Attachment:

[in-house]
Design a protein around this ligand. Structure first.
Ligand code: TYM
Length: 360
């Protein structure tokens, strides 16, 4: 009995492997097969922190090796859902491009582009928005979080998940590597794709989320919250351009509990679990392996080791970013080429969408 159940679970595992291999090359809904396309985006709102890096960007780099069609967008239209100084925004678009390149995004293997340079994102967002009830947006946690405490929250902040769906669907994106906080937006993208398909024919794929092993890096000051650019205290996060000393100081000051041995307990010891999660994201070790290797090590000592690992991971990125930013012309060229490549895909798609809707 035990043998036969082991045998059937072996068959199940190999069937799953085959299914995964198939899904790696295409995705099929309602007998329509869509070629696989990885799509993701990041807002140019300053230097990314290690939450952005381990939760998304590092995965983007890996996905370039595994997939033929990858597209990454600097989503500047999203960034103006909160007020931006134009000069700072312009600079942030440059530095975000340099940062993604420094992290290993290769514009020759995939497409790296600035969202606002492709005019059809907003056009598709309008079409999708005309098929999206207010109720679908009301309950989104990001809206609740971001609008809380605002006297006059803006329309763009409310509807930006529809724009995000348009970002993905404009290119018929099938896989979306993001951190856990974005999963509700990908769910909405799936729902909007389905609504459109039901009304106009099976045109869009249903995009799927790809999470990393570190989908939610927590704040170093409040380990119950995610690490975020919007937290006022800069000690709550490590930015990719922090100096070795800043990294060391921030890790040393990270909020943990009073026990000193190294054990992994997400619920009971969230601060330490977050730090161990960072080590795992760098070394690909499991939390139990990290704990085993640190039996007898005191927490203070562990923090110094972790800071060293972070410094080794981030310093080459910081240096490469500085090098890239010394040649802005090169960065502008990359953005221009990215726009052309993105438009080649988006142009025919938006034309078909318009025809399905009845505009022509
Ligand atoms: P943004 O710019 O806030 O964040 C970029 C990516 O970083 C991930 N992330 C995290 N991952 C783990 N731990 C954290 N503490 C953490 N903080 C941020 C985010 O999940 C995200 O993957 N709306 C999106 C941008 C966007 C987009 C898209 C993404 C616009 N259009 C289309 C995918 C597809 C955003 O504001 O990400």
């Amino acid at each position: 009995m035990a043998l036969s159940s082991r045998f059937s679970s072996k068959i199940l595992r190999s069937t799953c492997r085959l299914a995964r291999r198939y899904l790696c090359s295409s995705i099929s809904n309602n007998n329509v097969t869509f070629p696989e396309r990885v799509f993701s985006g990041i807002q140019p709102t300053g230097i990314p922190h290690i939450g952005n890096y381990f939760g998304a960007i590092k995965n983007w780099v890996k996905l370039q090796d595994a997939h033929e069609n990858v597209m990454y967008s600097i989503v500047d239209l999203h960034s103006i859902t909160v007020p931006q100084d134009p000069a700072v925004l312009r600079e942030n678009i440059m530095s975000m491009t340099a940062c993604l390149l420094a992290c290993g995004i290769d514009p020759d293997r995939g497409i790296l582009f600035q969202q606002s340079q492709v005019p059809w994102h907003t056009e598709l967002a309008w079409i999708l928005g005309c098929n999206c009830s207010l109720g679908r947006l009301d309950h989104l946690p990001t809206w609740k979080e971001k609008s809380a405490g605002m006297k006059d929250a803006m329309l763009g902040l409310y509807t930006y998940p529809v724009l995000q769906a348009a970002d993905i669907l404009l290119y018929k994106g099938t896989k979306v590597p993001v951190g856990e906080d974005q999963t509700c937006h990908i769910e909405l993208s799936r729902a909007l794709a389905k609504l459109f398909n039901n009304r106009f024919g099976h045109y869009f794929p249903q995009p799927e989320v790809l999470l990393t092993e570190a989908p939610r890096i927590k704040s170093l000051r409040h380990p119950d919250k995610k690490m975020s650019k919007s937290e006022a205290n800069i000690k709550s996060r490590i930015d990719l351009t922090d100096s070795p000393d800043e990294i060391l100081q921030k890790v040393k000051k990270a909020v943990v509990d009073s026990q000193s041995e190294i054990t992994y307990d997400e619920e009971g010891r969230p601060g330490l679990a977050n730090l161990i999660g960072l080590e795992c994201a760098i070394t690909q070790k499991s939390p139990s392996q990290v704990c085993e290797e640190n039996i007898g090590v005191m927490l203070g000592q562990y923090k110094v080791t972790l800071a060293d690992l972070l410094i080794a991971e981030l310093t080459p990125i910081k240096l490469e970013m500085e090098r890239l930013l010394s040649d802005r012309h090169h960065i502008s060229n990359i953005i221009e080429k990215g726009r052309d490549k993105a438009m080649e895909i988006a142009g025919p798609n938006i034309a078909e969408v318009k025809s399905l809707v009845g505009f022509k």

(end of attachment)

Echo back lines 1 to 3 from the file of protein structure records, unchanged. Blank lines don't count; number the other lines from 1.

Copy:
[in-house]
Design a protein around this ligand. Structure first.
Ligand code: TYM